Hello Sno-King Families,
As a professional in the food world, I love sharing the incredible benefits of family meals.
Here is what the research says:
• Better academic performance
• Improved mental health and self-esteem
• Reduced risk of dieting behaviours and development of eating disorders
• Greater resilience
• Reduced risk of teen pregnancy and substance use
• Improved markers for physical health
If I were asked to choose one nutrition-related habit for families to build, it would be more family meals together. While the nutrients play a role in overall health, it is the human connection established at family meals that matters most! However, we all know that family meals are not always easy and, in fact, are sometimes outright stressful.
Here are a handful of reasons that family meals can be difficult:
• Working long hours that leave little time or energy for food preparation or planning
• Hectic family schedules with everyone headed a million different directions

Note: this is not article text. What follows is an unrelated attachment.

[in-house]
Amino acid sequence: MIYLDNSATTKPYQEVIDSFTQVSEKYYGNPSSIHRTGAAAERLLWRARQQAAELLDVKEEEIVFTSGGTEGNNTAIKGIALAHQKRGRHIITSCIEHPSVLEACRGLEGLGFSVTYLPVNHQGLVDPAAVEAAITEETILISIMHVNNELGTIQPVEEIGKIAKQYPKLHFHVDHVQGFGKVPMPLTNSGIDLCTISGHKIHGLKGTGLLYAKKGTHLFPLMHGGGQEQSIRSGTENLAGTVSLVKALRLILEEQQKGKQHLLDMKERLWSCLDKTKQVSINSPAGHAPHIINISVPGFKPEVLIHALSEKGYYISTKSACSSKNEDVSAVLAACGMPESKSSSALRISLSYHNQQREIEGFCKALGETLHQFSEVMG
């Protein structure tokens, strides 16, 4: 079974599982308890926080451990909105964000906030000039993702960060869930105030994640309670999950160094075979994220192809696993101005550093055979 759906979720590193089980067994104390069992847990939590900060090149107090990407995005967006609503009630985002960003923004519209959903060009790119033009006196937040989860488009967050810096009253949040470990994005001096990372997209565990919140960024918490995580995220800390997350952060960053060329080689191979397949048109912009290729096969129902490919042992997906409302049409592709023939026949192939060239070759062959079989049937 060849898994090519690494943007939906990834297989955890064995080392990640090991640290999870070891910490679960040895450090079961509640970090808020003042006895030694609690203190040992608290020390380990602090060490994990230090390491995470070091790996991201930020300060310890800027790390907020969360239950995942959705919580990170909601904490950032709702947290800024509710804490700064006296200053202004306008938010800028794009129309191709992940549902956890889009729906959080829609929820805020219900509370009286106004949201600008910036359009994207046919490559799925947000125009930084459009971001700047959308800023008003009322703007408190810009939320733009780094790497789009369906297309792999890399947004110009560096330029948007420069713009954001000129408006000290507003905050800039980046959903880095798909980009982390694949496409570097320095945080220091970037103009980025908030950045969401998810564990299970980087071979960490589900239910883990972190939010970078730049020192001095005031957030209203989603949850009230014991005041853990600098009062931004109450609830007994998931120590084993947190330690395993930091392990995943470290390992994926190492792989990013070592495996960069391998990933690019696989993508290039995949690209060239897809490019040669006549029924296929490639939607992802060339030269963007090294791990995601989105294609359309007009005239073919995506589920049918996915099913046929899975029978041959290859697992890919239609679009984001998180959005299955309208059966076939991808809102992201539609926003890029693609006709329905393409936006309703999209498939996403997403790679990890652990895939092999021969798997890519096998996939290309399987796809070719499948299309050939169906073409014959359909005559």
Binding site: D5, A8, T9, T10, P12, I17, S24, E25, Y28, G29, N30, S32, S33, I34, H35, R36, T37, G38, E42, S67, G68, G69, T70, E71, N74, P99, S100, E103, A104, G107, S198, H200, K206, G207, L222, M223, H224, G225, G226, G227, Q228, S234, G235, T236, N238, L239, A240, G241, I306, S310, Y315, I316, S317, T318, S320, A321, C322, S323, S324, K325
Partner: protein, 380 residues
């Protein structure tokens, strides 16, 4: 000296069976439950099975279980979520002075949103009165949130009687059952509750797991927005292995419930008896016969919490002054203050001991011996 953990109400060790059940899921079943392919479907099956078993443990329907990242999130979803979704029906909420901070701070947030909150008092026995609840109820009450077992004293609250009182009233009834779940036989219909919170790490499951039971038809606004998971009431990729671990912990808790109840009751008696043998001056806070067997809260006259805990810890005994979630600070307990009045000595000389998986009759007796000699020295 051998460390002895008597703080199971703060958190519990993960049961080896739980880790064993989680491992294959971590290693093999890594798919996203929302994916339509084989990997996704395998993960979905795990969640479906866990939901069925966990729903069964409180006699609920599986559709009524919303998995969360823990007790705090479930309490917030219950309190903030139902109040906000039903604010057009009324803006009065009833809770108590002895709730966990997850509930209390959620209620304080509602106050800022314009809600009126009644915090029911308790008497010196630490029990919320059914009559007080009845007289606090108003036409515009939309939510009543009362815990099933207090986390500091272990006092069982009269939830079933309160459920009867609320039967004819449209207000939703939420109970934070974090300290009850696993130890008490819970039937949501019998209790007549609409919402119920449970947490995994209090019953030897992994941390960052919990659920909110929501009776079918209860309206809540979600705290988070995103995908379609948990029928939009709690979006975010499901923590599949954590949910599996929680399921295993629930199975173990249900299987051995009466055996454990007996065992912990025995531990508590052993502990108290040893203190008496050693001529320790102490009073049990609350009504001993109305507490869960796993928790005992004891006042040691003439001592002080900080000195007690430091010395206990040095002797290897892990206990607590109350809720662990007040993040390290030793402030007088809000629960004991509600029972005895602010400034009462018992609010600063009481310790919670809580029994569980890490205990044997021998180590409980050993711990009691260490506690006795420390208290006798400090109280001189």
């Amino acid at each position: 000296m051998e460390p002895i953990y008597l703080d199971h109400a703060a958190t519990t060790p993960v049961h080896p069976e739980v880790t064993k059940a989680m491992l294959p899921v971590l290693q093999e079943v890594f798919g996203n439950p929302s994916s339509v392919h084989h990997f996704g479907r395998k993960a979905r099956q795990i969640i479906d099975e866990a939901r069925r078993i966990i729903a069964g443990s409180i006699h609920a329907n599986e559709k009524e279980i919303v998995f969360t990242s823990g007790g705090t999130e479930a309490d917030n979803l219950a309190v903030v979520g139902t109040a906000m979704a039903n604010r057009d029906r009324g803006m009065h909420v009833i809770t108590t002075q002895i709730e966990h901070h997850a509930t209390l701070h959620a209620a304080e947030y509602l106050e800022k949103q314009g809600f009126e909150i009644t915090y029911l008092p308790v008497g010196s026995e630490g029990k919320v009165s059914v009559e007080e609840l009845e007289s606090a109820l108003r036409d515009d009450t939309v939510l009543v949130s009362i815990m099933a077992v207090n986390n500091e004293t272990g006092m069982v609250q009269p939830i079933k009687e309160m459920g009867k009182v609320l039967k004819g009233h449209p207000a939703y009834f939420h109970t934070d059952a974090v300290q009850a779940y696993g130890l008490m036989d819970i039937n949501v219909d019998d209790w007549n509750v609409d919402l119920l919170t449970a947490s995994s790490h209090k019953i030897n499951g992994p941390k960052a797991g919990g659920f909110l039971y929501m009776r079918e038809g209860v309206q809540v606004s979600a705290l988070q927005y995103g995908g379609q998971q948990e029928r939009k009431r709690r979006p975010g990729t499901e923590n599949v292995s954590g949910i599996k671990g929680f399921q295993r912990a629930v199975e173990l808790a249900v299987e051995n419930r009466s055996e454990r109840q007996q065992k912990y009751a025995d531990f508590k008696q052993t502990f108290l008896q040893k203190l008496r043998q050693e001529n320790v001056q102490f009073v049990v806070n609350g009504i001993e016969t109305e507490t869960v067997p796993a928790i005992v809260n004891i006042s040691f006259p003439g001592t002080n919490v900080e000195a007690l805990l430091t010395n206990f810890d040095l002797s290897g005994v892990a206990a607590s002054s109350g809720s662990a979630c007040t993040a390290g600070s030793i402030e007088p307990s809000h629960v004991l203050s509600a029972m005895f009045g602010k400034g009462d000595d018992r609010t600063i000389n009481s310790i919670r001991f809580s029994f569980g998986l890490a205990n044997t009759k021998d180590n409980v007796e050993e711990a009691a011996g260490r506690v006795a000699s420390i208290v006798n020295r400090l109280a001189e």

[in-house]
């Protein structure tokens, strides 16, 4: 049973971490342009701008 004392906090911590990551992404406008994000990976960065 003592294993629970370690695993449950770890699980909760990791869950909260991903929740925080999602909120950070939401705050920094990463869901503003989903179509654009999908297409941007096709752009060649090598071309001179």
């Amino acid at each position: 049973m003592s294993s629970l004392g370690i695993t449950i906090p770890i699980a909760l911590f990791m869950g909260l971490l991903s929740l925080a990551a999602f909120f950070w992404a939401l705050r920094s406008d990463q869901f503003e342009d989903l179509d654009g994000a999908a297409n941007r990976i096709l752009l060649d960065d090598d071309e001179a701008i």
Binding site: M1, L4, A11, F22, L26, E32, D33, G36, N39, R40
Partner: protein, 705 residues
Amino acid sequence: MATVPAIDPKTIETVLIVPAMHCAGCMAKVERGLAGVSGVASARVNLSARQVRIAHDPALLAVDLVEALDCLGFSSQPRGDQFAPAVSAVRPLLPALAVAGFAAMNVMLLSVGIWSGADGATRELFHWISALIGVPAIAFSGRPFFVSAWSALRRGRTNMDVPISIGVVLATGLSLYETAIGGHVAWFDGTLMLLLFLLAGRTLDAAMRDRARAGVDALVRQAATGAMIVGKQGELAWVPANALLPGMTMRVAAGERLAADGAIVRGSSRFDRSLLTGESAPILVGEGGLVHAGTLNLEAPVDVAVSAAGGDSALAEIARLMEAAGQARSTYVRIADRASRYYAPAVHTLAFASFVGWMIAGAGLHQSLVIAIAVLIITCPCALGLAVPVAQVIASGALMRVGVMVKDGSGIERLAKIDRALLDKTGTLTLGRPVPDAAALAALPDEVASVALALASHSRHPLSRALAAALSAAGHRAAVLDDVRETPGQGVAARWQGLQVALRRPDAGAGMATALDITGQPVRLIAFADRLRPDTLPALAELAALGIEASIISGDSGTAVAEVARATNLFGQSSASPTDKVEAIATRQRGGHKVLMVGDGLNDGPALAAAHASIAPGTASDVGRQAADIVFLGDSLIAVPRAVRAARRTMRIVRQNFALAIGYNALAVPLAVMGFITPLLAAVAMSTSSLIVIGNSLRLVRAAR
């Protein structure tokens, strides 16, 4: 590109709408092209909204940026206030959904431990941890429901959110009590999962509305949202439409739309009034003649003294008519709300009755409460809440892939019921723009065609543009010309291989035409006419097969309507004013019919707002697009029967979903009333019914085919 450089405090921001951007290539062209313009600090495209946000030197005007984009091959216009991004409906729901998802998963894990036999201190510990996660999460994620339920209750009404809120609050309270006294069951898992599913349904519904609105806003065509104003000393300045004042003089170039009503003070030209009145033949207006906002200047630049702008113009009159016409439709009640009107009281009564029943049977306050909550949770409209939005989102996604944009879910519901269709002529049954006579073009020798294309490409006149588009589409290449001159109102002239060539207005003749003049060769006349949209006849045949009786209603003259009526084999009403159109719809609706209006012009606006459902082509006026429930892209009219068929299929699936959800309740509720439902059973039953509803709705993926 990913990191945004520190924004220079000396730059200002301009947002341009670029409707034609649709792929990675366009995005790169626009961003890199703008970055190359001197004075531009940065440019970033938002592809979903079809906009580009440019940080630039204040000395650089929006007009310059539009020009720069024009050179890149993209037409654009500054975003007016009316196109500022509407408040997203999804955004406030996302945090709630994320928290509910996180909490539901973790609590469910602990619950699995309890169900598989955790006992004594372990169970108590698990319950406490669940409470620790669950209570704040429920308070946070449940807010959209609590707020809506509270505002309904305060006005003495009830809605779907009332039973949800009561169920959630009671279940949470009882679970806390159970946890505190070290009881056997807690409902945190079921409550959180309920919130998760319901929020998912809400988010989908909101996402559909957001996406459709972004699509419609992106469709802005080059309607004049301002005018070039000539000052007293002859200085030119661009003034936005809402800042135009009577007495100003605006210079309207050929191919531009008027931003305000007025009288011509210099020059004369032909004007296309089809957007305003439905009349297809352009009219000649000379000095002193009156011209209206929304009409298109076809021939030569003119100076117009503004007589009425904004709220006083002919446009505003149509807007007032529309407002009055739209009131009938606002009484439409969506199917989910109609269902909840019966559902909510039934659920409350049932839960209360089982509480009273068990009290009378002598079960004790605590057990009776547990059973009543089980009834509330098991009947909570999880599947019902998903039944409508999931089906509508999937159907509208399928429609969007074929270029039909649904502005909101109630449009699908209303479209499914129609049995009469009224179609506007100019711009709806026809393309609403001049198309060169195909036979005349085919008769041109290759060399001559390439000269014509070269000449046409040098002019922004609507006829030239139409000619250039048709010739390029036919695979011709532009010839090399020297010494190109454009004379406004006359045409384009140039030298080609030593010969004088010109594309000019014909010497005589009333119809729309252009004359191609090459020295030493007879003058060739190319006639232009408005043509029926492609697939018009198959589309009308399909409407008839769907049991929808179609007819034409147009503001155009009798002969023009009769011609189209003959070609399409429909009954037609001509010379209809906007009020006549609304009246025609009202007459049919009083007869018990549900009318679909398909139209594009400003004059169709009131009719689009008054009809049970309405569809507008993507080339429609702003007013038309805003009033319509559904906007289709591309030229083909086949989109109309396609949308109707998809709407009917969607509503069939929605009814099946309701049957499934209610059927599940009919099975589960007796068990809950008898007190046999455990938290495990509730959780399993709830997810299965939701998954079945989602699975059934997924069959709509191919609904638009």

• Kids complaining about or simply not eating the food you’ve made
• Diet culture and food trends that provide us with all sorts of guilt about what we should be eating and feeding our kids
• Limited resources. Many families do not have adequate resources to prepare and sit down to eat balanced family meals
The list goes on. Perhaps you found what works for you and your family, but if you feel like you can’t catch a break I am sharing my top suggestions below that may help you combat some of the mayhem of family meals:
• Focus on the connection with one another. The greatest and most positive impact will be made around sharing and conversing rather than stressing and pressuring about what is on the table.
• Be flexible about what is served. It is well okay that a bagged salad, a takeout pizza and a side of fruit is a weeknight stable for your household. There is zero prep, little clean up and everyone is fed and satisfied.
• While this may seem like a good idea at the dinner table, try to avoid lecturing your children about nutrition and pressuring them to eat. The harder you pressure them to eat their greens and drink their milk, the harder they will push back. Instead, try reminiscing about past experiences you’ve shared with them, asking open-ended question or taking turns telling stories.
I hope this helps you enjoy more quality time with your family around meals!
Carlee Toews, MS RDN, Sno-King Nutritionist